The food industry has been relatively slow to adopt what industry insiders call “Industry 4.0,” the fourth revolution in manufacturing. Central to this “revolution,” according to Forbes magazine, are autonomous systems driven by data and machine learning, or the “digitization of manufacturing.” While some level of automation technology in the food industry is the norm, it’s typically limited to specific processing steps such as washing, sorting, and packing.
In other factories, however, automation takes on another meaning and uses more advanced technologies, such as the Internet of Things (IoT), to connect equipment and devices, smart sensors to collect real-time data, and 3D vision and artificial intelligence (AI) to execute complicated tasks.
One reason for this delay in adoption in the food industry is an element of fragmentation within food processing. “While in other sectors you can connect various devices together and collect data, in the food industry there is a lot of standalone equipment,” says Craig Salvalaggio, COO at Applied Manufacturing Technologies, an automation engineering company based in Anaheim, Calif., and member of the board of directors for the Association for Advancing Automation. “It’s like having little islands connected by conveyors.”
Before buying any [automation] equipment, companies should understand their current process, data, and metrics, and where they want to go from there—whether it’s increasing capacity, demand, or flexibility. You can learn a lot from visiting factories in other industries, such as automotive or aerospace.—Craig Salvalaggio
Another reason for the food industry’s slow adoption of Industry 4.0 comes from the complexity of certain operations: “In the meat sector, for instance, some companies believe they’re able to realize higher yield by having more skilled labor and personnel,” says Lee Coffey, market development manager for the CPG segment at Milwaukee, Wisc.-based Rockwell Automation.
The Impact of COVID-19
Part of this gap was recovered during the COVID-19 pandemic, when the adoption of Industry 4.0 solutions was accelerated by new challenges, such as the rise of online grocery shopping: “E-commerce created new opportunities throughout the industry,” says Coffey. “Anywhere from beverage manufacturers to meat processors, companies can reach new customers and markets, but they’re also producing more SKUs than ever. There are more changeovers and more ingredients being used, and that’s adding complexity and downward pressure on productivity and profits.” Workforce shortages is another factor that has become problematic during the pandemic “With workers not showing up and COVID-19 restrictions, companies have been struggling with scheduling production and meeting demands, especially in those labor-intensive areas where you have to handle the product and get it into a tray and then into a box,” he adds.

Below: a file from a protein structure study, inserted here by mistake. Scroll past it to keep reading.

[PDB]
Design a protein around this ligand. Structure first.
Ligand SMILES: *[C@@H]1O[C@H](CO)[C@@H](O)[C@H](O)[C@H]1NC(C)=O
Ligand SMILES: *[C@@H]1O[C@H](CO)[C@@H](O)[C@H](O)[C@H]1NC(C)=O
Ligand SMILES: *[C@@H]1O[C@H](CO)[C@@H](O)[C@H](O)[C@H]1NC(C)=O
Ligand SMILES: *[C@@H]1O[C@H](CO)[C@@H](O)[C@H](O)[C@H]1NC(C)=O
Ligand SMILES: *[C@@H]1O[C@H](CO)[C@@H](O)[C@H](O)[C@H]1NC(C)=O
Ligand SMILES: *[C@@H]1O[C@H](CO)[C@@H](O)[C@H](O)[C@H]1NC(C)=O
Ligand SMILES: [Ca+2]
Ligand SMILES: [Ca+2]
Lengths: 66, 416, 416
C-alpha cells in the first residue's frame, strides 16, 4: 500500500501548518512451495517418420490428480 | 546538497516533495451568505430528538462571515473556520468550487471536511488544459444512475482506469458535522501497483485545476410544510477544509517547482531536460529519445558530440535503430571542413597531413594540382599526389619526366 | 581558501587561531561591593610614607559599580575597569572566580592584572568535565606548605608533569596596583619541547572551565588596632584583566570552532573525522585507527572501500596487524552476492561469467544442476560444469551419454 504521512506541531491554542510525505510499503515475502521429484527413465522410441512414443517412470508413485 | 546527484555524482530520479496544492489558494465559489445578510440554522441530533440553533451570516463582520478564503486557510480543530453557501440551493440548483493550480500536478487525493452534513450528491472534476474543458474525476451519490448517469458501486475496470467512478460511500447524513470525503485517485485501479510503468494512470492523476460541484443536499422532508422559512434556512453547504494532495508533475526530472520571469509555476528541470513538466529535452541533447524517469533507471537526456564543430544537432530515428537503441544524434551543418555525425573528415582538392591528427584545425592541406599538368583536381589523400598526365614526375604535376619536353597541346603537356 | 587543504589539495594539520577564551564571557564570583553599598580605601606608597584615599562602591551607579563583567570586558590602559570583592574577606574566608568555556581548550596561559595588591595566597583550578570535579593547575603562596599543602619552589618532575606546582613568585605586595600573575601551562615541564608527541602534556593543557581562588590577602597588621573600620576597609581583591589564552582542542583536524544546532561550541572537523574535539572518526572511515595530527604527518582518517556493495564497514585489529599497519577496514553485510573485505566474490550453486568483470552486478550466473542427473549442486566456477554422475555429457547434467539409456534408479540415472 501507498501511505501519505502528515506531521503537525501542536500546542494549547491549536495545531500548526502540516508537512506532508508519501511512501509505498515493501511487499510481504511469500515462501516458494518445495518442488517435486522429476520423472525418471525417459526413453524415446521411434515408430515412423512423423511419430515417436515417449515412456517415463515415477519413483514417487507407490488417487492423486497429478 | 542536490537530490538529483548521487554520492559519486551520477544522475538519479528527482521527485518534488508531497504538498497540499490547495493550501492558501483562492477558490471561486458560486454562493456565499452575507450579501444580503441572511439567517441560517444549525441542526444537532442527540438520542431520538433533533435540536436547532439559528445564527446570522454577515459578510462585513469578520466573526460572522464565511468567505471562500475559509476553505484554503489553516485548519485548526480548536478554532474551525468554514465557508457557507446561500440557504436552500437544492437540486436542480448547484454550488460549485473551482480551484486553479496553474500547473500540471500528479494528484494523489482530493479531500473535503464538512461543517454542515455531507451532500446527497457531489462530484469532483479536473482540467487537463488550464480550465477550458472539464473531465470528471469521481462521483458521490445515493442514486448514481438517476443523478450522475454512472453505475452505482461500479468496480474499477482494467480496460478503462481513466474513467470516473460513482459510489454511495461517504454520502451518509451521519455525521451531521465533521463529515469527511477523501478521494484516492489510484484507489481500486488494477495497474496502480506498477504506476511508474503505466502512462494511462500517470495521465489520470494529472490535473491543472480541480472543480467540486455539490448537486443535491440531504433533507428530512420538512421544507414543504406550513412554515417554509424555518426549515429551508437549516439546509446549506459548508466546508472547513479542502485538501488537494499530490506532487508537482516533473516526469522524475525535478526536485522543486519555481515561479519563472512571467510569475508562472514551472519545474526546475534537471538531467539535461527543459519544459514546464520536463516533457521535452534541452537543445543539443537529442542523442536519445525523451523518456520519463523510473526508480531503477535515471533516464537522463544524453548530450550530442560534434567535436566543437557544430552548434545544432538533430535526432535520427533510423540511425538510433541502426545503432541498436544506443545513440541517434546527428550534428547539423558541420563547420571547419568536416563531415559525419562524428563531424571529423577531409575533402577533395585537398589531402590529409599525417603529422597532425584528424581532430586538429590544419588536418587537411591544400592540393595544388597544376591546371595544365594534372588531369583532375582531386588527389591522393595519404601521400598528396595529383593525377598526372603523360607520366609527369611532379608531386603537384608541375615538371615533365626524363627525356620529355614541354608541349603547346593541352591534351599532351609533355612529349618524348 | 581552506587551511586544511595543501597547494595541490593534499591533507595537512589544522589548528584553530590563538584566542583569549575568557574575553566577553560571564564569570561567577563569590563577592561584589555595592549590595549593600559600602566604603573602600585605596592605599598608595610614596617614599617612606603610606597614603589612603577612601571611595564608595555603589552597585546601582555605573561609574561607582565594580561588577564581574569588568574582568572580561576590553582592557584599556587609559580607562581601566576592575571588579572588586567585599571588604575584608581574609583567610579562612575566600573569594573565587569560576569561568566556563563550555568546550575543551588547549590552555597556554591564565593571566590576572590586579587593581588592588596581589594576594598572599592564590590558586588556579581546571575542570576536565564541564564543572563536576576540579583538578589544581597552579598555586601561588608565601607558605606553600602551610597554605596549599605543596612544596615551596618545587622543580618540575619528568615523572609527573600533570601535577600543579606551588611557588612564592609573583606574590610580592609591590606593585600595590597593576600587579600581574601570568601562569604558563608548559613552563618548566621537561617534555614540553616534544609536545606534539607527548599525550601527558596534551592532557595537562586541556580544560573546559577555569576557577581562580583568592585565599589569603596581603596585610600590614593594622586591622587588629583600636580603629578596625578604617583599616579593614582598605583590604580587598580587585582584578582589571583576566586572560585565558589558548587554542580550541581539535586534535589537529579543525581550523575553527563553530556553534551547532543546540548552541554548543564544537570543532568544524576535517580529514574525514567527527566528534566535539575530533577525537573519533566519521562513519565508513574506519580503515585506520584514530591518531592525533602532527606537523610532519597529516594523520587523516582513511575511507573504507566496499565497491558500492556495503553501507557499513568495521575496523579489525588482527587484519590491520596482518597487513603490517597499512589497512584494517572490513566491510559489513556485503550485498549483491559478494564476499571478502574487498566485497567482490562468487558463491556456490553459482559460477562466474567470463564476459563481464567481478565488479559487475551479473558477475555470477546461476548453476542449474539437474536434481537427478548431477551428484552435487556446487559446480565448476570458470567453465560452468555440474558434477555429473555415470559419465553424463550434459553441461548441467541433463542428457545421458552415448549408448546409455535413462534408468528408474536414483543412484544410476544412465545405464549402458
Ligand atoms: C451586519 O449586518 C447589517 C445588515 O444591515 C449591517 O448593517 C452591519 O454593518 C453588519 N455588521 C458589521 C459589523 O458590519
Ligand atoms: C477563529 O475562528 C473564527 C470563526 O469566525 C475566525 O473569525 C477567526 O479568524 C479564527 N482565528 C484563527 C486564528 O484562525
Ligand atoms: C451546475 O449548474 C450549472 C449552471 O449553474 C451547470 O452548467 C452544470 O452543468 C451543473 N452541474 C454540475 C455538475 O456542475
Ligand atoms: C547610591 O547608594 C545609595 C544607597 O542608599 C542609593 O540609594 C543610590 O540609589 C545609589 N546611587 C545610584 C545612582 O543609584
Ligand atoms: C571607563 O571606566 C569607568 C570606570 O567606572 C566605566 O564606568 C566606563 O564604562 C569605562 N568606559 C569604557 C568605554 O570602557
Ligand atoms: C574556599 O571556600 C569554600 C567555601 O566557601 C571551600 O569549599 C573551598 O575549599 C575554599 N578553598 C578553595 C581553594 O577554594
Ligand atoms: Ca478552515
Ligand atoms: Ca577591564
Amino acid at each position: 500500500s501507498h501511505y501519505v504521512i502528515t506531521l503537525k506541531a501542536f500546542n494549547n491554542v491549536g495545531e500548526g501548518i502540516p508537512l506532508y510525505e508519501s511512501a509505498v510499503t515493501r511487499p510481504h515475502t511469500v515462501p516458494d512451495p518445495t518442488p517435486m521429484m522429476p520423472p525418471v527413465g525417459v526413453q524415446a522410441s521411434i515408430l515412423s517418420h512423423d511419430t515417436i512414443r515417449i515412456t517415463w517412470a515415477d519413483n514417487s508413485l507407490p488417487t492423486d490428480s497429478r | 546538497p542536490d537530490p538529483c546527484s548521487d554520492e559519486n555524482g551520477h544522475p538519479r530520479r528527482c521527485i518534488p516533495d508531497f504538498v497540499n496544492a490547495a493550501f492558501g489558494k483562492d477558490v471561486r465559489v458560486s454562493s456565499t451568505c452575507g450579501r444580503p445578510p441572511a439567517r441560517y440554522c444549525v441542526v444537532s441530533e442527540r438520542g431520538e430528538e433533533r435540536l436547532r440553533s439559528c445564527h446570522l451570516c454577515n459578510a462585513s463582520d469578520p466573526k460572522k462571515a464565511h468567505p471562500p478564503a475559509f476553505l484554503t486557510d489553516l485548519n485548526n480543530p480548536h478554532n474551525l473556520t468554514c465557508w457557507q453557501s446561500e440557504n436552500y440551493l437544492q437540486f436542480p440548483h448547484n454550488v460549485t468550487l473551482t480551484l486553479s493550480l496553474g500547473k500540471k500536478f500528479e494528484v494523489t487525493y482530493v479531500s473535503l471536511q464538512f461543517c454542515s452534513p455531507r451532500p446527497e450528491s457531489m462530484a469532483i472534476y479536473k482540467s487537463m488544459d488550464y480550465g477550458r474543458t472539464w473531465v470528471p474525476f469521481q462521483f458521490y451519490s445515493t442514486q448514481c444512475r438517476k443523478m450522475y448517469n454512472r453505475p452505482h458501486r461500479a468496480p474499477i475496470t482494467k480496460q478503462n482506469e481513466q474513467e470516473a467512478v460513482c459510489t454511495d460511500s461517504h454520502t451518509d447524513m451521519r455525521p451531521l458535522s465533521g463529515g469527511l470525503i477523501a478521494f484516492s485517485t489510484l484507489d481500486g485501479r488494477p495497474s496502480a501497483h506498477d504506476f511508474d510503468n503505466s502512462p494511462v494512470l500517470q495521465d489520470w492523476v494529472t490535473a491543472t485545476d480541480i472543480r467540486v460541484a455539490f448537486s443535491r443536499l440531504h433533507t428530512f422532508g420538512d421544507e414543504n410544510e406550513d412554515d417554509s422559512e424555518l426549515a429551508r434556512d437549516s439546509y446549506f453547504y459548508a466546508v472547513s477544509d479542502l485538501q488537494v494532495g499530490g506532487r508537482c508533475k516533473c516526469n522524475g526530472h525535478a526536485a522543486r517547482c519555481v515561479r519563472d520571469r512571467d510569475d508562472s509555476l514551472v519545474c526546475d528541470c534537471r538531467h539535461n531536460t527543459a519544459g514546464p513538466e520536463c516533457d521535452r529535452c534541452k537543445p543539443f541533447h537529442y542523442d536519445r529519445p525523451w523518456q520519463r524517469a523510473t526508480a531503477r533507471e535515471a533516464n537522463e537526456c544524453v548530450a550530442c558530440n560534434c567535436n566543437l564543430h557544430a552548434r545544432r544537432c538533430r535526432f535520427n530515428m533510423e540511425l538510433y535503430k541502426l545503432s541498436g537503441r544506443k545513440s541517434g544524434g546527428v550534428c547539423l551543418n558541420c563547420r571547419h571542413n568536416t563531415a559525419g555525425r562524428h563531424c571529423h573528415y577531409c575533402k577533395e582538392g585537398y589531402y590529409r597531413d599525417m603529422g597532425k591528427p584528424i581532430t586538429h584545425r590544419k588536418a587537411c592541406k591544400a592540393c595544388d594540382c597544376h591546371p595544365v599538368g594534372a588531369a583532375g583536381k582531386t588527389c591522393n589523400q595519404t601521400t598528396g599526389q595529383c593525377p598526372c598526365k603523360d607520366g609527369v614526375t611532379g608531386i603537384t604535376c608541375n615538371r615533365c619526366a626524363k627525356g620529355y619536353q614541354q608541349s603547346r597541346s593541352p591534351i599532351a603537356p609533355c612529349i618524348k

Key Automation Technology
With these new challenges, some key technologies are proving to be particularly sound solutions. Manufacturing execution systems (MES) are one such solution; they keep track of all food processing data, from raw materials to finished products, and have existed in the food industry for a long time. Recently, however, the approach to these systems is different, says Gerardo Villafuerte, digitalization manager for North America at Liquid Consulting, a Sanford, Fla.-based firm that provides engineering and automation solutions to food manufacturers. “You used to have reports with all kinds of variables and data; now, companies are looking for data that matters to them. It’s no longer about just the technology but also about how it can be applied to have safer processes around products.”
Having the right data is crucial in the case of a product recall: “If a contamination is detected,” says Villafuerte, “you can use your MES and [enterprise resource planning] ERP systems to find out exactly where that lot was produced, where it was shipped, what instruments and ingredients were used to produce it, and how long the ingredients were stored before being processed.”